How can they do it?
Let’s start with the Jaguars’ remaining schedule. Jacksonville opens December with a Monday Night Football game at home against the Cincinnati Bengals. Let’s leave aside the fact that the Jaguars haven’t played in or hosted a Monday Night Football game in a dozen seasons and examine the matchup.
While this game appeared to be one of the AFC’s marquee matchups when making the schedule, the Bengals have been dealing with injuries, specifically to quarterback Joe Burrow. Former Vikings draft pick Jake Browning led the Cincy offense to one touchdown drive in a 16-10 loss to the Steelers Sunday. The Bengals may be a contender when Burrow is playing and healthy. Without him, they are average at best. The Bengals come into the matchup at 5-6 and with only one win against an AFC team.
After the Monday Night game, the Jaguars have a short week and travel to Cleveland. Road games following Monday Night Football games are challenging, but the Browns also play a backup quarterback after DeShaun Watson’s injury. Rookie fifth-round draft pick Dorian Thompson-Robinson has thrown one touchdown and four interceptions this season.
The Jaguars then host the Baltimore Ravens in a massive game. Should the Jaguars beat the Ravens, they would hold the tiebreaker over Baltimore. The Jaguars lost out in a tie with the Chiefs after Kansas City beat them earlier this season, so a win over the Ravens is essential if the Jaguars are going to earn the top seed in the AFC playoffs.
After that, it’s three teams without playoff hopes. The Jaguars travel to Tampa Bay to face the Buccaneers, host the Carolina Panthers, and close out the regular season in Nashville against the Titans.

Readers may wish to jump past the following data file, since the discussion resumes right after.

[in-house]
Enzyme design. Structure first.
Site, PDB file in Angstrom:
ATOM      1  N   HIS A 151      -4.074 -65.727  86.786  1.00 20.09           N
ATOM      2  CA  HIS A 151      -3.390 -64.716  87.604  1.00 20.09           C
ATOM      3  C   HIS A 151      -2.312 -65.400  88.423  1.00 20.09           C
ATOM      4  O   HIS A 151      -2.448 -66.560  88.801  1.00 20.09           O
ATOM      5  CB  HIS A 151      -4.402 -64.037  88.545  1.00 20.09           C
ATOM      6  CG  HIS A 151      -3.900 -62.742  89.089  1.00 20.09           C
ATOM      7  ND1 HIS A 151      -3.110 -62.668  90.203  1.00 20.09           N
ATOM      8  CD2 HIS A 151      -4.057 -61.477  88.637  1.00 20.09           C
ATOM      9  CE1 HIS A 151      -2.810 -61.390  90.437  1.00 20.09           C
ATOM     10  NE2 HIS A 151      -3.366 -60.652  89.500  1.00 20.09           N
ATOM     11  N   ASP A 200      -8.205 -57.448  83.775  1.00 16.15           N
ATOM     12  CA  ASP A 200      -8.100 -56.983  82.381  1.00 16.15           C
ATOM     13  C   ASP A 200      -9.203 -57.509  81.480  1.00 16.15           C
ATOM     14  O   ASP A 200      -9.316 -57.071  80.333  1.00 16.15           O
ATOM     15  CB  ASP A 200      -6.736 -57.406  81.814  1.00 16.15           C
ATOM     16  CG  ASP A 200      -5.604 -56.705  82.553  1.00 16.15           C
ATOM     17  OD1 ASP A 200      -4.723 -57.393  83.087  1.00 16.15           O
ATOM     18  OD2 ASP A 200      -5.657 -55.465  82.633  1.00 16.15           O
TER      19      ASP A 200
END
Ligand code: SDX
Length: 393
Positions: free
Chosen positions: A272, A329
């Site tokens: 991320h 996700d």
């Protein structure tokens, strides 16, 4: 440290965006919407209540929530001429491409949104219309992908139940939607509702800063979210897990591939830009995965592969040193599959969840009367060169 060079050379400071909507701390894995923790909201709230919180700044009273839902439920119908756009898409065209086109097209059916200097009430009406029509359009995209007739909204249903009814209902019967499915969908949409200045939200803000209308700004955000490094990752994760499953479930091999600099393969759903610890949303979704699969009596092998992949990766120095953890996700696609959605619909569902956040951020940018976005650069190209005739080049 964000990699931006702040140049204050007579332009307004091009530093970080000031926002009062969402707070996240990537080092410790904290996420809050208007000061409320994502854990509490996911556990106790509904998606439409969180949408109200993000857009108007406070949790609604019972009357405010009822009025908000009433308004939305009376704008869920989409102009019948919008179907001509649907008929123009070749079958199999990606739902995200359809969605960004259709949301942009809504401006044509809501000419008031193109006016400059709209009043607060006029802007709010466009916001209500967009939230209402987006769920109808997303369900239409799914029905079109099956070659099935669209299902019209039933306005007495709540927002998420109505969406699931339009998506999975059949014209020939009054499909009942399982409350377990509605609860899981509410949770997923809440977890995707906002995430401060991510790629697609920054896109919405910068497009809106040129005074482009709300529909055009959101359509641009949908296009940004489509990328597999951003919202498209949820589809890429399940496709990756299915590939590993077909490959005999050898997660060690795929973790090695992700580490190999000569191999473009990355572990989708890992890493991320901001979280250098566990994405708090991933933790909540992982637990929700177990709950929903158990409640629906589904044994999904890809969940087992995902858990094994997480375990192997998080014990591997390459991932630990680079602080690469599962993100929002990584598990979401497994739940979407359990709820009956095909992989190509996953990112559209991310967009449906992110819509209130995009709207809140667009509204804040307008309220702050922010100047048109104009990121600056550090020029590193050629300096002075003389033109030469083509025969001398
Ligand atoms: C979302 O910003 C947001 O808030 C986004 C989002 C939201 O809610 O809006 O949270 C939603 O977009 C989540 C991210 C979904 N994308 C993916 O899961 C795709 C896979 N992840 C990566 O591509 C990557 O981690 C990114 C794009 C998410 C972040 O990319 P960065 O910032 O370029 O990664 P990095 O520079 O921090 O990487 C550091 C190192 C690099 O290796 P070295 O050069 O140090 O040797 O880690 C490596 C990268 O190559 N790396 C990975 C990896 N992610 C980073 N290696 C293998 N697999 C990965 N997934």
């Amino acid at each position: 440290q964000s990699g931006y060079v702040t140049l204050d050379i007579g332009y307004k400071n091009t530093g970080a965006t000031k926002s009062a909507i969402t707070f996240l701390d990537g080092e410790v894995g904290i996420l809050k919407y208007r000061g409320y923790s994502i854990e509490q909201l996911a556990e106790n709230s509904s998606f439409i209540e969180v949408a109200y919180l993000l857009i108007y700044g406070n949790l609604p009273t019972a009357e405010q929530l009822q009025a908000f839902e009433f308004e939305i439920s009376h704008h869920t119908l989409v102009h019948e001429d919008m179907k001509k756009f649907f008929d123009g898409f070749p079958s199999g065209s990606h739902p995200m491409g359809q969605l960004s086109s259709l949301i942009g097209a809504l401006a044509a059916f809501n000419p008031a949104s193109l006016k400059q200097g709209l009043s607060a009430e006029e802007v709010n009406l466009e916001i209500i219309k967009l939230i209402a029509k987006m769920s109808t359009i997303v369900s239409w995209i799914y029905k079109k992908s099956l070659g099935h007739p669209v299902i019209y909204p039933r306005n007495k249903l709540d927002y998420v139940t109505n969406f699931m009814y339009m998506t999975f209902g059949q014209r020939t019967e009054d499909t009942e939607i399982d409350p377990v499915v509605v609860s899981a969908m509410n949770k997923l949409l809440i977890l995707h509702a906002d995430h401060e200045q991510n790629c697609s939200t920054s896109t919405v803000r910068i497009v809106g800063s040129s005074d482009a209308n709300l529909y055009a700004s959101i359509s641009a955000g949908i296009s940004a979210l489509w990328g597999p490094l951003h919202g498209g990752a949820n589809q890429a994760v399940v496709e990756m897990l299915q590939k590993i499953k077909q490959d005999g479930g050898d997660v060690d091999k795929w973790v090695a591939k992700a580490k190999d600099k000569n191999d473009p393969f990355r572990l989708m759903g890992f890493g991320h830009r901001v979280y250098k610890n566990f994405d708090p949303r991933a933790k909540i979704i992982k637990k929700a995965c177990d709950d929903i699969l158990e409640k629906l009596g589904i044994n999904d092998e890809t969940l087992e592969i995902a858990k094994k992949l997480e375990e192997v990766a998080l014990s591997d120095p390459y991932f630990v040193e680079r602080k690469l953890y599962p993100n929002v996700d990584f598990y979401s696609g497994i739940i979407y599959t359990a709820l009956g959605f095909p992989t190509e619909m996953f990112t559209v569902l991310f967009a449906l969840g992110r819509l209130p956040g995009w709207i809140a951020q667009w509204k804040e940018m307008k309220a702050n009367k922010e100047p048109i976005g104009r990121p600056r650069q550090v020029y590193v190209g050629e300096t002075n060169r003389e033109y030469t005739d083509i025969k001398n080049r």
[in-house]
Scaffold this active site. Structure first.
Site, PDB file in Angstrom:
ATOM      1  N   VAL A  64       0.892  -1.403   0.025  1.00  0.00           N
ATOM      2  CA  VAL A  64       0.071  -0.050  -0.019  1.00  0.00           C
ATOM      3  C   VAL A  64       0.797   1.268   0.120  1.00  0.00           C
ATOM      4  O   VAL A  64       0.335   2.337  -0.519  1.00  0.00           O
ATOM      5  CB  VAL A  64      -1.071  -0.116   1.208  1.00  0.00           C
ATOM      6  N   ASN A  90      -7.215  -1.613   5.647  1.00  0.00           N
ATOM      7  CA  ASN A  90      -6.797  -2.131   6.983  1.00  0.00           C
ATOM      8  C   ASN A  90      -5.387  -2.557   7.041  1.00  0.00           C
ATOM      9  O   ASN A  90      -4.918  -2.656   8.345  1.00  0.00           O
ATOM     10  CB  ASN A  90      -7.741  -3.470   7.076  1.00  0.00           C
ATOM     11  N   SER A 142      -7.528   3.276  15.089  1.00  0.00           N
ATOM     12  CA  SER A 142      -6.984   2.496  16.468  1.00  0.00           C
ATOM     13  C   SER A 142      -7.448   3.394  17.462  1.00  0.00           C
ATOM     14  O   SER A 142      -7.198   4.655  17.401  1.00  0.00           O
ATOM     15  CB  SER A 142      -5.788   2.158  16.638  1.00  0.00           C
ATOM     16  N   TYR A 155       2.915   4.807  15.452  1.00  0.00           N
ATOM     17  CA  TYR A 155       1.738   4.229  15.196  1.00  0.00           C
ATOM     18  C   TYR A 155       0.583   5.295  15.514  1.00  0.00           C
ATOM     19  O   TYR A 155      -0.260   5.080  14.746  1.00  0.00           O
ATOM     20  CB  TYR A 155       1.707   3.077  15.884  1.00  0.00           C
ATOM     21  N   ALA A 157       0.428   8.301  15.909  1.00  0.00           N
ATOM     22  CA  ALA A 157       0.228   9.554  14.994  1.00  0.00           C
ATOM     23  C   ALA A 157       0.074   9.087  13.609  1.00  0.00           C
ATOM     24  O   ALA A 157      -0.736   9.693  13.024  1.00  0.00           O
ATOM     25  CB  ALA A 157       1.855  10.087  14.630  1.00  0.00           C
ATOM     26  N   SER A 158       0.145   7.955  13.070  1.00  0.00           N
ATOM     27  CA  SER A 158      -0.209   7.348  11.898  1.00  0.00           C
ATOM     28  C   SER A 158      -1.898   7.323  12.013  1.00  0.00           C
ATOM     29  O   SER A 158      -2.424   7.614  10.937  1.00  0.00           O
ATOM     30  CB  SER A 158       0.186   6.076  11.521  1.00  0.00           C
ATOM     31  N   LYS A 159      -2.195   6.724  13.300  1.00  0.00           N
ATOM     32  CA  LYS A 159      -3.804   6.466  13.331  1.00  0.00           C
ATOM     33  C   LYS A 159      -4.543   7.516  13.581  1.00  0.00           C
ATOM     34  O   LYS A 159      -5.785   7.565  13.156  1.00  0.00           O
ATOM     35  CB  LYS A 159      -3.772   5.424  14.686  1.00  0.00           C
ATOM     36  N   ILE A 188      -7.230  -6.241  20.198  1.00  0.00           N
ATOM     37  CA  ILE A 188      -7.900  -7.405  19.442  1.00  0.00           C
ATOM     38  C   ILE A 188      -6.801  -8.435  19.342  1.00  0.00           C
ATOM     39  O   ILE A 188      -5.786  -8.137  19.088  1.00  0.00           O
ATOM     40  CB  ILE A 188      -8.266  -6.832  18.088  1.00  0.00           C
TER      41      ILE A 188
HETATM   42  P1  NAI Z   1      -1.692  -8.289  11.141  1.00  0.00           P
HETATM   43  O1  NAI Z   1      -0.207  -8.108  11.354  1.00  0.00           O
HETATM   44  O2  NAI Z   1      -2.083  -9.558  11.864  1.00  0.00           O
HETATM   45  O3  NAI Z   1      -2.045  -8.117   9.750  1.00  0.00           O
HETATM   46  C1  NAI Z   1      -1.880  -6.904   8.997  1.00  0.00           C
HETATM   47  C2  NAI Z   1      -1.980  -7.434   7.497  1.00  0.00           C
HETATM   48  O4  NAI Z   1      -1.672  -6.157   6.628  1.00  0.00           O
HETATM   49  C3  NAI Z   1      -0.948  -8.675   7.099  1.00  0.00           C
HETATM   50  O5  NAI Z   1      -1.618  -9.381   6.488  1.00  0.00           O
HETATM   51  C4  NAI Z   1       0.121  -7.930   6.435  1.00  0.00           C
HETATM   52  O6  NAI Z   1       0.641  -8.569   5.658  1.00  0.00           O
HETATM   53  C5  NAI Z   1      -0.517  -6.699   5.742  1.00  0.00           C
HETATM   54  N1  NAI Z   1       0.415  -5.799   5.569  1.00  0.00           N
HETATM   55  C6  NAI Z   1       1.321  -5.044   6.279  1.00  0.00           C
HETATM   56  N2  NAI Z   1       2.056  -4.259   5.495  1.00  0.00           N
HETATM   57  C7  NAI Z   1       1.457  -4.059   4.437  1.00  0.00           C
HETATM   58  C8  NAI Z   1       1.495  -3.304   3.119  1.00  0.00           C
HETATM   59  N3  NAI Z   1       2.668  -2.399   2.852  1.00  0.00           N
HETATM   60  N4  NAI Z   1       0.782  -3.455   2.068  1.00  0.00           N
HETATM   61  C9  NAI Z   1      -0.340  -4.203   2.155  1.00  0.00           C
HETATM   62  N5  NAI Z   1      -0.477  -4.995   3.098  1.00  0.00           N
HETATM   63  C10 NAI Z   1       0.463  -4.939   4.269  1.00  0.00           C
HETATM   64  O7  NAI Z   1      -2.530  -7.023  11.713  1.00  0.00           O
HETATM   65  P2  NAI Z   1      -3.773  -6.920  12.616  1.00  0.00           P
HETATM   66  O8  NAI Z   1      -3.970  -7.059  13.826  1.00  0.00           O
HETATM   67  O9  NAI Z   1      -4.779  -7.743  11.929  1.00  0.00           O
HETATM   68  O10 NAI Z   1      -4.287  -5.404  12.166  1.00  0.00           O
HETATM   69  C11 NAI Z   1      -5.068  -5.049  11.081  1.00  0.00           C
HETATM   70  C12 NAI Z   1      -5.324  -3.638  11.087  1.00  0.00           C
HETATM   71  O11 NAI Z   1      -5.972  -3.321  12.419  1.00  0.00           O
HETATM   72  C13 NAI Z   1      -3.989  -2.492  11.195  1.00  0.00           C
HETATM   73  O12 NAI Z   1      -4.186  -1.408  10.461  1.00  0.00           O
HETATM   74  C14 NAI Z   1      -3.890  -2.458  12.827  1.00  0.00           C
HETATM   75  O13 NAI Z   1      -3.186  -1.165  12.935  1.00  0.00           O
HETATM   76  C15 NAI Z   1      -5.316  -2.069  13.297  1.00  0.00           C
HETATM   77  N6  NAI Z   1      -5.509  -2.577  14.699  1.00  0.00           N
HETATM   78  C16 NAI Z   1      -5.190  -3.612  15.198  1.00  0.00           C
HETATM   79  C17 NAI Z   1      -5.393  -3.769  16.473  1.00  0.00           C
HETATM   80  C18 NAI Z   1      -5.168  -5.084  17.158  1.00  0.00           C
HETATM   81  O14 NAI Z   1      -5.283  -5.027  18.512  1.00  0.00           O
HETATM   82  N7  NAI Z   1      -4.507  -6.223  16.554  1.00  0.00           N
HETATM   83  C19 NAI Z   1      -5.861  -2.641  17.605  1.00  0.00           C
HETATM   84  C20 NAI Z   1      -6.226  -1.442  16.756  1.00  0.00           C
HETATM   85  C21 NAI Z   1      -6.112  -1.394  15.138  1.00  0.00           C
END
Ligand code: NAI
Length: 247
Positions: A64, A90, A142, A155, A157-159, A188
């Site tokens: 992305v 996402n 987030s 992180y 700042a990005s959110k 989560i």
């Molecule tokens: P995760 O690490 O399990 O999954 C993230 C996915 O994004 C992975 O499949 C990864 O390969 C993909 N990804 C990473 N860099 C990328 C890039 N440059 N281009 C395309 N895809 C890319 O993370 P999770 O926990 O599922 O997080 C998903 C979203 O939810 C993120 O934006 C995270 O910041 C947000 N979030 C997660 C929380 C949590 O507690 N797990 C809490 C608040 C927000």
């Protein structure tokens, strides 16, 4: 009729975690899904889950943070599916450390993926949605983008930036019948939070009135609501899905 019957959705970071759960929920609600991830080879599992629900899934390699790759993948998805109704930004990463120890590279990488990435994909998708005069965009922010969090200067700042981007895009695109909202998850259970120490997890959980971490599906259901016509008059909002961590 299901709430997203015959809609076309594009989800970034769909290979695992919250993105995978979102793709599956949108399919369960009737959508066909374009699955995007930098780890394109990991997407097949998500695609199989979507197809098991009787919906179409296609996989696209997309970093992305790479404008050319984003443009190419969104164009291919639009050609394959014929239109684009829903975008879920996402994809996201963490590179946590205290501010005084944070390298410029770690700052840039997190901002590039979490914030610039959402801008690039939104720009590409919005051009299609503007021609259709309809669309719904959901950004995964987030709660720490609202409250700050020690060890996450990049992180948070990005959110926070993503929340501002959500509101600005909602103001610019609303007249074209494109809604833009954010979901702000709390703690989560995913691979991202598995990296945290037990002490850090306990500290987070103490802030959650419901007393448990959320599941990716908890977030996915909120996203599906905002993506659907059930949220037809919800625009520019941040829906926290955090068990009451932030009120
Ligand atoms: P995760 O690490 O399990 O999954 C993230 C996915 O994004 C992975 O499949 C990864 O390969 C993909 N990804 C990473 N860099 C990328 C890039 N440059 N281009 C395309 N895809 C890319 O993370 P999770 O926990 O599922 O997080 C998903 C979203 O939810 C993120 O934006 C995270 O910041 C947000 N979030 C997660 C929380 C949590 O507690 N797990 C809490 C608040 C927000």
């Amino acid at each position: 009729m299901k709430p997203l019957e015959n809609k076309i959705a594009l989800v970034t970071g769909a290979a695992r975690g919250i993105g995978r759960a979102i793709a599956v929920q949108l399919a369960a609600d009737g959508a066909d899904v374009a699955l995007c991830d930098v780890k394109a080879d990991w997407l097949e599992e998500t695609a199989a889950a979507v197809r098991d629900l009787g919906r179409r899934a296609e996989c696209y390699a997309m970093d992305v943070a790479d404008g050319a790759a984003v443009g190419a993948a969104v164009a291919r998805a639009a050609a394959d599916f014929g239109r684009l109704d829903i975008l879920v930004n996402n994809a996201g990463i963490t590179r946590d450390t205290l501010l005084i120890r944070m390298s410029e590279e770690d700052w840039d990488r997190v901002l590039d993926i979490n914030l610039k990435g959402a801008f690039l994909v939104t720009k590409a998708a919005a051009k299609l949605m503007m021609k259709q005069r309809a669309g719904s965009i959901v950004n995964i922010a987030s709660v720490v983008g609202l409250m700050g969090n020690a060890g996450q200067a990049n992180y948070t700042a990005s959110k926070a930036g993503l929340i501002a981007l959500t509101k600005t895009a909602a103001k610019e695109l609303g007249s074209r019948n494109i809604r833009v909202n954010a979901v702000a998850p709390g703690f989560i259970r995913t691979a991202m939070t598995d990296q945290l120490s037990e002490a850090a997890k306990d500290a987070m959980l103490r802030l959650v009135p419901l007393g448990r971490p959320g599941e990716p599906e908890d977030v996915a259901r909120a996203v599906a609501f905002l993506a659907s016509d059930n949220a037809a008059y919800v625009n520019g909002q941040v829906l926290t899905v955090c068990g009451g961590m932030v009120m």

If the Jaguars (8-3) win five of their last six, and one of those wins is against the Baltimore Ravens, they could wind up with the best record in the AFC. But they need some help.
Here’s what the other AFC division leaders have left on the schedule.
The Ravens (9-3) have a bye this week, then host the Los Angeles Rams, who must fly cross-country for the matchup. Then, the meeting with the Jaguars was followed by a cross-country flight to face the 49ers in San Francisco. Baltimore finishes the season with home games against the AFC East-leading Dolphins and a rivalry game against the Pittsburgh Steelers, a team likely to be playing for playoff positioning. Baltimore’s schedule appears more complex than that of the Jaguars.
The Chiefs (8-3) travel to Green Bay this week to face the Packers. Weather forecasts for Lambeau Field are calling for a rain and snow mix and temperatures in the low 30s at kickoff. The Chiefs then host the Bills, travel to the Patriots, and host the Raiders and Bengals before finishing the season at the Chargers.
It’s not as taxing a schedule as the Ravens.
Finally, the Miami Dolphins (8-3), who face three teams out of playoff contention in the next three weeks, on the road at Washington and then home against the Titans and Jets. Miami’s finishing stretch, however, is a gauntlet. They host the Cowboys, then travel to the Ravens and finish the season at home against a Bills team that may need the win to make a wild card spot.
The Jaguars don’t entirely control their destiny. If the Chiefs and Jags win, KC will get the top spot. However, the Jaguars could find themselves in a situation in December or early January where all they need to do to earn a home-field advantage is to win the rest of their games.